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‘Schitt’s Creek’ Fans: Here’s How to “Fold in the Cheese” Like Moira and David Rose

published Feb 4, 2020
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Credit: Pop TV

Among countless iconic TV food moments, a current favorite among Kitchn staffers is the enchiladas scene from Season 2, Episode 2 of Schitt’s Creek in which Moira and David Rose attempt to cook an family recipe of dubious origin in an effort to prove that they have a sliver of culinary competency.

For those unfamiliar, Schitt’s Creek is a sitcom about an extremely wealthy family that finds itself left for broke in the opening scene of the first episode. The Roses have no choice but to accept a drastic lifestyle change and move into a run-down motel in the humble town of Schitt’s Creek, the deed of which they jokingly purchased years prior with their former disposable income. (The show’s 6th and final season is currently airing on Pop TV, but you can binge the others on Netflix to catch up.)

Okay, now back to the enchiladas. While Moira and David struggle through the recipe, the “fold in the cheese” step surfaces and confuses the “Schitt” out of them both.

“What does that mean? What does ‘fold in the cheese’ mean?”

“You fold it in.”

“I understand that, but how, how do you fold it? Do you fold it in half like a piece of paper and drop it in the pot, or what do you do?”

“David, I cannot show you everything.”

“You just…here’s what you do. You just fold it in.”

It’s one of the show’s funniest exchanges (of which there are too many to count) and actually got us thinking about the fact that there’s a valuable cooking lesson here. So, what should you do exactly when a recipe tells you to “fold” in an ingredient?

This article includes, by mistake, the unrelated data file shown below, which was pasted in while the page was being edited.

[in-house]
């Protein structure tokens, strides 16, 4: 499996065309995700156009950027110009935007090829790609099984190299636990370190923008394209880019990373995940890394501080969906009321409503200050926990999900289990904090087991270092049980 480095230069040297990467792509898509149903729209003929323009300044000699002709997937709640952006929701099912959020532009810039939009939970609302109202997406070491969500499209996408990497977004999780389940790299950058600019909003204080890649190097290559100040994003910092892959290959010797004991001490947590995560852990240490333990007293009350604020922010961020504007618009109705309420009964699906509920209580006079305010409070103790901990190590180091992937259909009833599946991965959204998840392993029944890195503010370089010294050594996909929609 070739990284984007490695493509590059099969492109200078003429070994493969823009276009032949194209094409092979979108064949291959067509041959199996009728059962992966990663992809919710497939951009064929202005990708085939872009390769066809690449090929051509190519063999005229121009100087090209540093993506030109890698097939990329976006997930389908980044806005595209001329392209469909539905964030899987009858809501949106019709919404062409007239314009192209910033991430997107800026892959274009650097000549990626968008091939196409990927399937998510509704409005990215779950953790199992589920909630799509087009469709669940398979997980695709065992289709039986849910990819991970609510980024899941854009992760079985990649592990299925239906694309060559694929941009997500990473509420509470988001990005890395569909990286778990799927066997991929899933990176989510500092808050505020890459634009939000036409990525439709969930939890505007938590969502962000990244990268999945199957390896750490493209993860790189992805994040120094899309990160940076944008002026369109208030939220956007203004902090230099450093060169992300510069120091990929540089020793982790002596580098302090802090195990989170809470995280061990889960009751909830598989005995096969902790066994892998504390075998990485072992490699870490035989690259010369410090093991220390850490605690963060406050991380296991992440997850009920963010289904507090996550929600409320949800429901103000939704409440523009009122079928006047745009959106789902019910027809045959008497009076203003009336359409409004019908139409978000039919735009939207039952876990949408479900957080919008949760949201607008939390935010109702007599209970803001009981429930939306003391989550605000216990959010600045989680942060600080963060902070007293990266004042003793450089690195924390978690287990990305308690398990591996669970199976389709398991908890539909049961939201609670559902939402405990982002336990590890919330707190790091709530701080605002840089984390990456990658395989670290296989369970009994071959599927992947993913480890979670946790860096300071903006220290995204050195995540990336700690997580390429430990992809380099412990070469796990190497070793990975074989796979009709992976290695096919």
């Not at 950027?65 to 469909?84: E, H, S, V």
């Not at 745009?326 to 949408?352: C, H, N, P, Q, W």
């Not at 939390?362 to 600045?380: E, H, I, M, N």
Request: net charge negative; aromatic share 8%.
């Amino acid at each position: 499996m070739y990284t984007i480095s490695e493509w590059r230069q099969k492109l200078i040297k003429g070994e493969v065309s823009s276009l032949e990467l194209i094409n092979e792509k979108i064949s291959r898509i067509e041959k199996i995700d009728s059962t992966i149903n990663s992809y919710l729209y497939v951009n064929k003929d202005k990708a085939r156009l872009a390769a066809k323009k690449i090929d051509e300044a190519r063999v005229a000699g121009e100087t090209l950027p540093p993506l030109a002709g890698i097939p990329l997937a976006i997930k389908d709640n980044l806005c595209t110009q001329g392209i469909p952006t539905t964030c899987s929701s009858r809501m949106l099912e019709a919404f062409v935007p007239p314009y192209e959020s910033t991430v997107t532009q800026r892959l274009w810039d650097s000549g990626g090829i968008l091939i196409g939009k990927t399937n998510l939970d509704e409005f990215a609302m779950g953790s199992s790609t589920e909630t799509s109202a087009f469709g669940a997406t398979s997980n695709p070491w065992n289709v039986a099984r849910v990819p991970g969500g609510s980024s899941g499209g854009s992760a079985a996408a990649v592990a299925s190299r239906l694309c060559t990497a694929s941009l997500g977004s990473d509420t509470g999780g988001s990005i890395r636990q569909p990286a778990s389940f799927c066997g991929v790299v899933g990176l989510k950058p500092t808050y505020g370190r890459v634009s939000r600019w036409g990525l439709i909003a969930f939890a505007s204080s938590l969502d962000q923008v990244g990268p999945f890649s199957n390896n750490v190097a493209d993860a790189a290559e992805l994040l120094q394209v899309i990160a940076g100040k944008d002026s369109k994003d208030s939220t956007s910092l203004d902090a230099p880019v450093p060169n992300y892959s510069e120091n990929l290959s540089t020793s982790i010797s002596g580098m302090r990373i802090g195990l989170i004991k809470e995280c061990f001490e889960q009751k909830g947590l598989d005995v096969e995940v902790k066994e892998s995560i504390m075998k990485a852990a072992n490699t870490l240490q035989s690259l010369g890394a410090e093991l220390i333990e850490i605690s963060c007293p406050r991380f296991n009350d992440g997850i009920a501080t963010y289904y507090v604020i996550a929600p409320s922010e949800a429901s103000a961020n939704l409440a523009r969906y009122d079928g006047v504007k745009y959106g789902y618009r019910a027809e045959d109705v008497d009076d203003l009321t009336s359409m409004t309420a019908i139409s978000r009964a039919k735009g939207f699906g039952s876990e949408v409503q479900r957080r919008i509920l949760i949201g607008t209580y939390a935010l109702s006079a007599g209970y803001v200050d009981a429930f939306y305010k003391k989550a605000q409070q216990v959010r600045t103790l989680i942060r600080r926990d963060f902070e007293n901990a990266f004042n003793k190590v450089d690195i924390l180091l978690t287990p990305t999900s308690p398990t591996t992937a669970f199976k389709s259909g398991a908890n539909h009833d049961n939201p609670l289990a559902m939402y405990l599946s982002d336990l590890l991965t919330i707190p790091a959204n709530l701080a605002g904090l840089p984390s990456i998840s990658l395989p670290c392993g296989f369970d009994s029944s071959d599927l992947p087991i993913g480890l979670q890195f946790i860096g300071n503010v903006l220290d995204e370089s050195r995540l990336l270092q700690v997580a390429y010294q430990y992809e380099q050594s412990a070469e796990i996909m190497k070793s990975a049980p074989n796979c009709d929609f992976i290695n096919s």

To help illustrate this technique, may I direct you to Kitchn’s instructions for “How To Fold Egg Whites or Whipped Cream Into a Batter?” (I realize this is not specifically about folding cheese, but the general folding concept is the same.)

“So many recipes take it for granted that we know how to do this basic technique, but in reality, “folding” batter isn’t exactly the easiest idea to grasp,” Emma Christensen writes, validating David and Moira’s bewilderment. Different than stirring, folding involves a swoop-lift-and-turn motion, and is usually executed with a rubber spatula. The goal is to more gently incorporate the ingredients without adding air rather than whipping the contents of your bowl into oblivion.

Here’s what our Food Director, Chris Michel has to say: “Folding is the more gentle, version of stirring — usually when you’re stirring, you’re trying to mix everything to one consistency. When you fold, you’re trying (generally) to keep something delicate, like meringue, from deflating. Also, stirring kind of happens horizontally, while folding often happens more vertically, like you scoop under the outside of the stuff you’re combining, and then turn it and press it (gently!) down into the middle.”

Honestly, though, we’re glad that David and Moira did not have this comprehensive tutorial, because the episode wouldn’t have been nearly as funny otherwise.